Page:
When a Medicare agent has a customer, they receive a commission. This is the main way in which they earn their money. In 2021, the maximum commission amounts are $539 for a new Medicare Advantage plan with drug coverage and $81 for a new Part D plan. This, however, is the maximum—not all states and regions provide this full amount.
Agents also receive a commission when their customers renew their plans. In 2021, the renewal commission maximums set by the Center of Medicare Services (CMS) are $270 for Medicare Advantage plans with drug coverage enrollments and $41 for Part D enrollments.
Supplement plan commissions vary greatly between providers because they are not as heavily regulated by the CMS. However, the typical commission is between 15% to 26% of the annual deductible.
These renewals are actually very beneficial to the consumer as well as the agent. Because agents are reliant on you to come back to them for renewal, they will stay up-to-date on your coverage and make sure all of your needs are taken care of, so that you are satisfied and come back. Not only that but because agents receive a very similar payment for a new enrollee, you know that if they are recommending you to a new plan, they truly want to help you, not just make money.
Buyers Don’t Pay Commissions
Don’t worry, however—when you buy a plan, you are not paying for this commission. Your price will fall under the same government standard no matter what. The insurance company as a whole pays this commission.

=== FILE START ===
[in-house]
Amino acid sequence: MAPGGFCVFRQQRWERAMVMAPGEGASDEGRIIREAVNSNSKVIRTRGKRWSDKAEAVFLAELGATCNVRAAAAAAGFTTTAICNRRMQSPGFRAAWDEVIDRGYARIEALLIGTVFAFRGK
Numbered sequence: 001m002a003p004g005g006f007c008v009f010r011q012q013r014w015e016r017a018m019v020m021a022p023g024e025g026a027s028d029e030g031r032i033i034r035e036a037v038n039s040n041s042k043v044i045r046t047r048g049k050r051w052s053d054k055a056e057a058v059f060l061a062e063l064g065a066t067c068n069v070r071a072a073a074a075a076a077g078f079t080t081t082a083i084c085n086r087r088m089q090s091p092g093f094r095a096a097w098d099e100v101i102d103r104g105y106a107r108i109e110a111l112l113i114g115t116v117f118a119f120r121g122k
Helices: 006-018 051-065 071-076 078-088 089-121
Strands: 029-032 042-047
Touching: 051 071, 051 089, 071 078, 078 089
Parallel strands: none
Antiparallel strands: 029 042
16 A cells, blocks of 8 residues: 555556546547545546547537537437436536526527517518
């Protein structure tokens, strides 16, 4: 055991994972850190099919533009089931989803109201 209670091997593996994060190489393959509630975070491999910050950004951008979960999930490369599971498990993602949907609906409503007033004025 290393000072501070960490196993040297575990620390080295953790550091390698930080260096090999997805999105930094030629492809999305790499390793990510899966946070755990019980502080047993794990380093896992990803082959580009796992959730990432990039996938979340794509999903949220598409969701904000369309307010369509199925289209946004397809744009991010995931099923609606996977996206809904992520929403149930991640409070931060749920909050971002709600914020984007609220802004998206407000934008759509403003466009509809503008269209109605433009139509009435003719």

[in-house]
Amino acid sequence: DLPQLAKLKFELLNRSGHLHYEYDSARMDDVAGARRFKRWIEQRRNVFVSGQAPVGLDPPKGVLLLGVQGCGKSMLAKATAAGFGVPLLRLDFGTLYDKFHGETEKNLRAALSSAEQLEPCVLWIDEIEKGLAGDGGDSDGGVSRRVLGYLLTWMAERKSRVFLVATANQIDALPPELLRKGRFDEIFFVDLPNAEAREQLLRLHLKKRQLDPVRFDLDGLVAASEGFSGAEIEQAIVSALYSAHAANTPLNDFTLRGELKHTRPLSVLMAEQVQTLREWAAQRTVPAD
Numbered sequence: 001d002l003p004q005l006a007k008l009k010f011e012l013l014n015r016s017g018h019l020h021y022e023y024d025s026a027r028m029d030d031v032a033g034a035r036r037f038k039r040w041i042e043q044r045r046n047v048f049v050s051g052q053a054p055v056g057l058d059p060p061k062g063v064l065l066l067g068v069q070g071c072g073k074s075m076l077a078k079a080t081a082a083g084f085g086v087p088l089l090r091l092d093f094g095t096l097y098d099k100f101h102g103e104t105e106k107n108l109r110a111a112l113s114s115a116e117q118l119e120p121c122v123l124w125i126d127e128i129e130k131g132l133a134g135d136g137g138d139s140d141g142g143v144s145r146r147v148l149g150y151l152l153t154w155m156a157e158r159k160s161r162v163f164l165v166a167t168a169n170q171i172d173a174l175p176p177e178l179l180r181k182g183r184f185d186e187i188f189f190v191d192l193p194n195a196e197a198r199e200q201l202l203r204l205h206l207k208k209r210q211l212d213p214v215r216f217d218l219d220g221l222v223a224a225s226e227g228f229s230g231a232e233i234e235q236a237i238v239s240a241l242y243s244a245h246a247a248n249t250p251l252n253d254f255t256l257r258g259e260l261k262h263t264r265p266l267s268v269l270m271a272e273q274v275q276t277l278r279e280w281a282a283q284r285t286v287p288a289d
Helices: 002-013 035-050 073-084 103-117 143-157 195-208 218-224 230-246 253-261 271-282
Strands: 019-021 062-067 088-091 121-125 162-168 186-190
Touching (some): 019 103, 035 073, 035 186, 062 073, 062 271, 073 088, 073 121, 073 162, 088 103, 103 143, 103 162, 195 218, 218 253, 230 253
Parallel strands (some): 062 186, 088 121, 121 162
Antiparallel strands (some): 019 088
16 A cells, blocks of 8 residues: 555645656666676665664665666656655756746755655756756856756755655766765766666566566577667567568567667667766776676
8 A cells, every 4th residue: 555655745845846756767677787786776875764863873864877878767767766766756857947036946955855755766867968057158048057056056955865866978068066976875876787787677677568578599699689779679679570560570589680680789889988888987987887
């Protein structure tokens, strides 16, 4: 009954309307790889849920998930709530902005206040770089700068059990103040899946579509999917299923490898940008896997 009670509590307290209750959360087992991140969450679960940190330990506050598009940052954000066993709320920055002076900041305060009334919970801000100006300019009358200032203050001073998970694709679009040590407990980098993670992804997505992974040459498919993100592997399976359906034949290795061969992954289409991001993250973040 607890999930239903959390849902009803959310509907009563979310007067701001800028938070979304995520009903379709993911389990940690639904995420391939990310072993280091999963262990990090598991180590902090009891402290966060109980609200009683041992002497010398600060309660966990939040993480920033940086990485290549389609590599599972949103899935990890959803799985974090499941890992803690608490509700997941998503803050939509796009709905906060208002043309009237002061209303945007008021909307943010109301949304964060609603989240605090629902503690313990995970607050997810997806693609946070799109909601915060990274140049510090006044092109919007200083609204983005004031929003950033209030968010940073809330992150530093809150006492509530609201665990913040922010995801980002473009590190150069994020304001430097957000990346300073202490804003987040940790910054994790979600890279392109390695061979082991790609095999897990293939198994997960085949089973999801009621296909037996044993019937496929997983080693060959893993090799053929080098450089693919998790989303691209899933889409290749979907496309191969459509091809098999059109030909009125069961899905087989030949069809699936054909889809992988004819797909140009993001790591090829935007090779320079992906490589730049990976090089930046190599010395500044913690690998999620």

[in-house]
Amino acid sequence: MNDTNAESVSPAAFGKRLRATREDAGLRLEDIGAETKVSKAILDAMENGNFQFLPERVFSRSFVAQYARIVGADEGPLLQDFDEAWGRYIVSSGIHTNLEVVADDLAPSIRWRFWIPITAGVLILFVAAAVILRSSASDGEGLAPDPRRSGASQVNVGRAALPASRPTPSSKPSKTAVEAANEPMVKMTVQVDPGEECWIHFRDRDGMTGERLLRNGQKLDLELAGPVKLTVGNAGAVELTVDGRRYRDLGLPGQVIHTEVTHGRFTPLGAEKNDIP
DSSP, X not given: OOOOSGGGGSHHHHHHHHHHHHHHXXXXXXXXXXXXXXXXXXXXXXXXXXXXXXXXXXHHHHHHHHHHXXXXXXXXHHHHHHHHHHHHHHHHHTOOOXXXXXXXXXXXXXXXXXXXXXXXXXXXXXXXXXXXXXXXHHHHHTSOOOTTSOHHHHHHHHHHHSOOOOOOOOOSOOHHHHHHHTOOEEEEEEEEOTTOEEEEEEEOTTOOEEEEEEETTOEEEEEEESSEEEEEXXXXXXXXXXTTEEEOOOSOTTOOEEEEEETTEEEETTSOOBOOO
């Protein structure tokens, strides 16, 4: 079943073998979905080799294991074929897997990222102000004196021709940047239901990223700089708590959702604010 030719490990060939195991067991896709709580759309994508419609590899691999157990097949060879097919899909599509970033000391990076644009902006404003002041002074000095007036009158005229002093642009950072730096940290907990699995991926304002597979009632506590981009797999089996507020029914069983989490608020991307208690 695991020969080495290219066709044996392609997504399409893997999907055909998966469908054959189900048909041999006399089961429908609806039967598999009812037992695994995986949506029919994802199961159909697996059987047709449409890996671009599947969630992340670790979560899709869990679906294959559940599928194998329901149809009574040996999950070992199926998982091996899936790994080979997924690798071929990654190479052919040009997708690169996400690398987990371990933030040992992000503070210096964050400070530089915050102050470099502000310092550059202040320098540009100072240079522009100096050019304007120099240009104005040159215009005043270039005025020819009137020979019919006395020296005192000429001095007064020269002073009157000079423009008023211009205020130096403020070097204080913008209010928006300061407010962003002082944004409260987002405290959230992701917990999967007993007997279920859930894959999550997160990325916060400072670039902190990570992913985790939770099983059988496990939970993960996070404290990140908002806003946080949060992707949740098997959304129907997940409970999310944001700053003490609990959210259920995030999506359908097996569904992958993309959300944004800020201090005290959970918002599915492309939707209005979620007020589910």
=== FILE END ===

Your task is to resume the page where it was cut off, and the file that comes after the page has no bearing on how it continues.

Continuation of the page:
Why the “Non-Captive” Agent is Better for the Buyer
There are 2 main categories of agents—the “captive” and “non-captive” agent. Captive agents are tied to one specific insurance company, provider, and plan. So, when you work with them, they will be working very hard to sell you on their one specific plan rather than searching the entire market of availability.
The non-captive agent, on the other hand, is independent from any specific insurance plan. Typically, they work with an equally independent agency that searches for plans throughout the market. When you get advice or buy a plan from one of these agents, then, you know you are getting an unbiased, real perspective on what works best for you.
Choosing an Agent
When you’re choosing an agent, then, look for a non-captive agency. There is no real way to consider the agent’s commission rate in your decision, but just know that, as long as they’re non-captive, you can count on them to give you unbiased help and continued guidance throughout your time with them and the plan.